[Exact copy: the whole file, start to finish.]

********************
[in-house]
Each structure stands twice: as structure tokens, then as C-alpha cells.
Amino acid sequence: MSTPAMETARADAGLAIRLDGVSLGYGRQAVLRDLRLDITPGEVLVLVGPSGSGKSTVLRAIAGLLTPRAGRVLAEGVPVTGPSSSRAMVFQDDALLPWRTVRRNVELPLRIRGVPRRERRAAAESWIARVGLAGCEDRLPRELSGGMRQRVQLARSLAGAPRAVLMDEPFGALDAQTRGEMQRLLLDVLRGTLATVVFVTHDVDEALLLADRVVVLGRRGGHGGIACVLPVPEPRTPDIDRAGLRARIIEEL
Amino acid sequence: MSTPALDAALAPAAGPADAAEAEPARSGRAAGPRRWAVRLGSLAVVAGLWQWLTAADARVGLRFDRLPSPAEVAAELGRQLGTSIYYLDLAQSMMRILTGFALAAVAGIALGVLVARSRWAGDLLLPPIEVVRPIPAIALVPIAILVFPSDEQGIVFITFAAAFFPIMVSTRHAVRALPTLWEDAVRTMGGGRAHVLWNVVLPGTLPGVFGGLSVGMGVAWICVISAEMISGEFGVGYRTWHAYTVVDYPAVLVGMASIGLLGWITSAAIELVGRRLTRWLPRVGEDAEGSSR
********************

[in-house]
Each structure stands twice: as structure tokens, then as C-alpha cells.
Amino acid sequence: MSTPAMETARADAGLAIRLDGVSLGYGRQAVLRDLRLDITPGEVLVLVGPSGSGKSTVLRAIAGLLTPRAGRVLAEGVPVTGPSSSRAMVFQDDALLPWRTVRRNVELPLRIRGVPRRERRAAAESWIARVGLAGCEDRLPRELSGGMRQRVQLARSLAGAPRAVLMDEPFGALDAQTRGEMQRLLLDVLRGTLATVVFVTHDVDEALLLADRVVVLGRRGGHGGIACVLPVPEPRTPDIDRAGLRARIIEEL
Amino acid sequence: MSTPALDAALAPAAGPADAAEAEPARSGRAAGPRRWAVRLGSLAVVAGLWQWLTAADARVGLRFDRLPSPAEVAAELGRQLGTSIYYLDLAQSMMRILTGFALAAVAGIALGVLVARSRWAGDLLLPPIEVVRPIPAIALVPIAILVFPSDEQGIVFITFAAAFFPIMVSTRHAVRALPTLWEDAVRTMGGGRAHVLWNVVLPGTLPGVFGGLSVGMGVAWICVISAEMISGEFGVGYRTWHAYTVVDYPAVLVGMASIGLLGWITSAAIELVGRRLTRWLPRVGEDAEGSSR